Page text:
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Canadian Building Digest

CBD-47. Extreme Temperatures at the Outer Surfaces of Buildings

Originally published November 1963.

D.G. Stephenson

It is sometimes taken for granted that the variation in the outer surface temperature of a wall or roof will never exceed the range of the outside air temperature. This ignores the influence of radiation and seriously under estimates the maximum temperatures that building materials must withstand. This Digest discusses the effect on outside surface temperature of solar radiation, long-wave radiation, surface colour, the position and colour of adjacent surfaces, temperature of the air inside and outside the building, and the thermal properties of materials used to form a building envelope.

The most direct way of determining the temperatures that actually occur in buildings is to measure them. This approach is quite impractical, however, when the purpose is to find the extreme temperatures that any wall or roof surface may experience; this would require a long series of observations on structures with every combination of wall and roof construction, surface colour, orientation and location. Instead, the heat exchange at the outside surface of a wall or roof can be analysed and the factors that influence the surface temperature can be studied separately. With these data it is possible to predict the temperatures that will obtain under any specified circumstances.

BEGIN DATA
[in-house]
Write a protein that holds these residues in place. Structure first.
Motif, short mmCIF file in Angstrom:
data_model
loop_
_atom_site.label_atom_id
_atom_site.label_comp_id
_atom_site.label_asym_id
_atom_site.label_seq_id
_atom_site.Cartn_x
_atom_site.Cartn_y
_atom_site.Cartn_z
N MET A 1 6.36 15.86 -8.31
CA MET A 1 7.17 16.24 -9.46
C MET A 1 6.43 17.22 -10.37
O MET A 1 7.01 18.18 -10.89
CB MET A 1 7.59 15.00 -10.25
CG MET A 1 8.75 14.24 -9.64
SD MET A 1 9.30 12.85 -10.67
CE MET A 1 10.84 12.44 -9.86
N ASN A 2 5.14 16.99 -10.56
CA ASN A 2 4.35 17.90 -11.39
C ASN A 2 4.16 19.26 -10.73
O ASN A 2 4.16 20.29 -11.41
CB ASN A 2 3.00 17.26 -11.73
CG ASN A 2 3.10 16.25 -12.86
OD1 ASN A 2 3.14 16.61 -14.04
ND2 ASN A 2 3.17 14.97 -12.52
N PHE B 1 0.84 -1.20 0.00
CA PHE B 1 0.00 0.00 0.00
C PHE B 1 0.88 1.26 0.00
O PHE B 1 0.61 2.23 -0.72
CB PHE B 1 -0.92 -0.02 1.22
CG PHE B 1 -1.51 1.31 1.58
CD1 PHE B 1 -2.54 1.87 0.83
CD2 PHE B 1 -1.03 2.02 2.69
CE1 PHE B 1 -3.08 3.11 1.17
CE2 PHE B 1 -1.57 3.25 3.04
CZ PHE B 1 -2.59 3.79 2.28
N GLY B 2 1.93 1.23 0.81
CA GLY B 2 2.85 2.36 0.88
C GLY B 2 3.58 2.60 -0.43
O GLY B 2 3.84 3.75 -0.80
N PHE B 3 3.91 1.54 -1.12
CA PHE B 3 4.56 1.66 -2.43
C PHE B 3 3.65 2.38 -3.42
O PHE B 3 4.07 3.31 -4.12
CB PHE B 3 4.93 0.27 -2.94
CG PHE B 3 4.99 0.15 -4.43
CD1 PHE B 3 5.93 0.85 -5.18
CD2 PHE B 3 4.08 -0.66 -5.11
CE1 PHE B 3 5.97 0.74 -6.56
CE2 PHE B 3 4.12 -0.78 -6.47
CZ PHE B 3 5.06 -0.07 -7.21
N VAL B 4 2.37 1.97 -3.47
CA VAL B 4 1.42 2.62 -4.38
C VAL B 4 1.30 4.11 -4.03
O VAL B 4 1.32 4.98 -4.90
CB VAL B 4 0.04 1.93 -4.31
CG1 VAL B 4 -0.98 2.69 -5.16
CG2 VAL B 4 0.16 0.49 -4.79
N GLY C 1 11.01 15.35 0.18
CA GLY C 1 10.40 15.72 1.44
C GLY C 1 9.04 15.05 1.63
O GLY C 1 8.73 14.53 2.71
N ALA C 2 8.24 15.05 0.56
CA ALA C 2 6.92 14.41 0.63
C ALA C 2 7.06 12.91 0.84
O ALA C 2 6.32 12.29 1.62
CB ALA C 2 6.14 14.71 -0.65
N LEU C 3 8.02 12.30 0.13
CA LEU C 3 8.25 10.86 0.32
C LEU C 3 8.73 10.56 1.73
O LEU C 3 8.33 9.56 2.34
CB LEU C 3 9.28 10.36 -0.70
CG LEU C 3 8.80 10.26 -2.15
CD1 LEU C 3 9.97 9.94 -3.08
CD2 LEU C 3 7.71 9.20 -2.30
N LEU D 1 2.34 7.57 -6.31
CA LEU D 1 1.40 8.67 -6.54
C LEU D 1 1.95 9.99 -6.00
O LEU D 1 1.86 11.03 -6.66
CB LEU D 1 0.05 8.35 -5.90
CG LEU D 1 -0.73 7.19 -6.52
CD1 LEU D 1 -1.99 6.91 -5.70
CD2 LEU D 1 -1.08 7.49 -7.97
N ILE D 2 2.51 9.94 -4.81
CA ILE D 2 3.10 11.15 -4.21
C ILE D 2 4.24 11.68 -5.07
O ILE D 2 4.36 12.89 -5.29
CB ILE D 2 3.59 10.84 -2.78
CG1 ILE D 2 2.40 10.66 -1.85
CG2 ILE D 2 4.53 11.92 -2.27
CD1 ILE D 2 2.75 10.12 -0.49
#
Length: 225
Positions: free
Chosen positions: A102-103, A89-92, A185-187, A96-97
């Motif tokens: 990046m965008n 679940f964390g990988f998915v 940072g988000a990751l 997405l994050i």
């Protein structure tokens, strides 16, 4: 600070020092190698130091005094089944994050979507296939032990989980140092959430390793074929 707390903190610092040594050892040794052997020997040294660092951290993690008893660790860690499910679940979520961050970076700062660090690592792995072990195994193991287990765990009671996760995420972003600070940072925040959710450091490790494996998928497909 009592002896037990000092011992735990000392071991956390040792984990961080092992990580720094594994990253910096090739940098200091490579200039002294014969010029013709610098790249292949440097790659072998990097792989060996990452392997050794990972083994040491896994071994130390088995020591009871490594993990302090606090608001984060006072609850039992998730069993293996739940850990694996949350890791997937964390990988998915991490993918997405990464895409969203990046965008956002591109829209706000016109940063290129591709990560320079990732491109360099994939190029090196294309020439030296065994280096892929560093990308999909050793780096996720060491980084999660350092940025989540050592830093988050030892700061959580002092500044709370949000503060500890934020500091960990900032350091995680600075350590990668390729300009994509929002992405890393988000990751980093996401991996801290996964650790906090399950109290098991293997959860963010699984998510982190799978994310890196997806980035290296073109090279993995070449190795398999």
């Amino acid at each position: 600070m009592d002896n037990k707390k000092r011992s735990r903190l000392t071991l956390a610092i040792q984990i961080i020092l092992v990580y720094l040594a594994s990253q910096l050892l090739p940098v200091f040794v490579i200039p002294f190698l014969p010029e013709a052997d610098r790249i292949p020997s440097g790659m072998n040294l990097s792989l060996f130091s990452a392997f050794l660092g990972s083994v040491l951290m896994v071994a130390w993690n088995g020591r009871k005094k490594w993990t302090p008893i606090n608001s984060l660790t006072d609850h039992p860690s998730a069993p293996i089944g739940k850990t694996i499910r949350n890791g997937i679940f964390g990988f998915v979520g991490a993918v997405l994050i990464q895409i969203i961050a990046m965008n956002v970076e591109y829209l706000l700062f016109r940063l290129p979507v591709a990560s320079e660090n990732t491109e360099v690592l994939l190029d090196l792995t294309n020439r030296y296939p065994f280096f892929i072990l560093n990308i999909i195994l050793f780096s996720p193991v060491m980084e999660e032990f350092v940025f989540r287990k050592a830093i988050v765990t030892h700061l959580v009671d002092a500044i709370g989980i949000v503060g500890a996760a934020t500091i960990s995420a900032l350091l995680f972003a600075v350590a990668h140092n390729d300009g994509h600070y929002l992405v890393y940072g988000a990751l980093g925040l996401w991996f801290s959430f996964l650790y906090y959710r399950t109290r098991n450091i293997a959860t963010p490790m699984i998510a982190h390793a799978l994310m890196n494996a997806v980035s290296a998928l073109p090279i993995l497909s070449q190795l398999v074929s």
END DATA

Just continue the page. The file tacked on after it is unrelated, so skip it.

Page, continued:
Thermal Radiation

All objects continuously emit radiation and absorb some of the radiation from other bodies that is incident on them. Emission and absorption of radiation play a large part in the energy exchange at the outer surface of a building.

The wave-lengths of the thermal radiation depend on the temperature of the emitting surface - the higher the temperature the shorter the wave-length at which the maximum energy occurs. The absolute temperature of the outer layers of the sun's atmosphere is about twenty times as great as the temperature of the surface of the earth and terrestrial objects such as buildings. The energy in solar radiation is concentrated, therefore, at much shorter wave-lengths than occur in the radiation from low-temperature bodies. Thus solar radiation is generally referred to as "shortwave" and radiation from terrestrial objects as 'long-wave."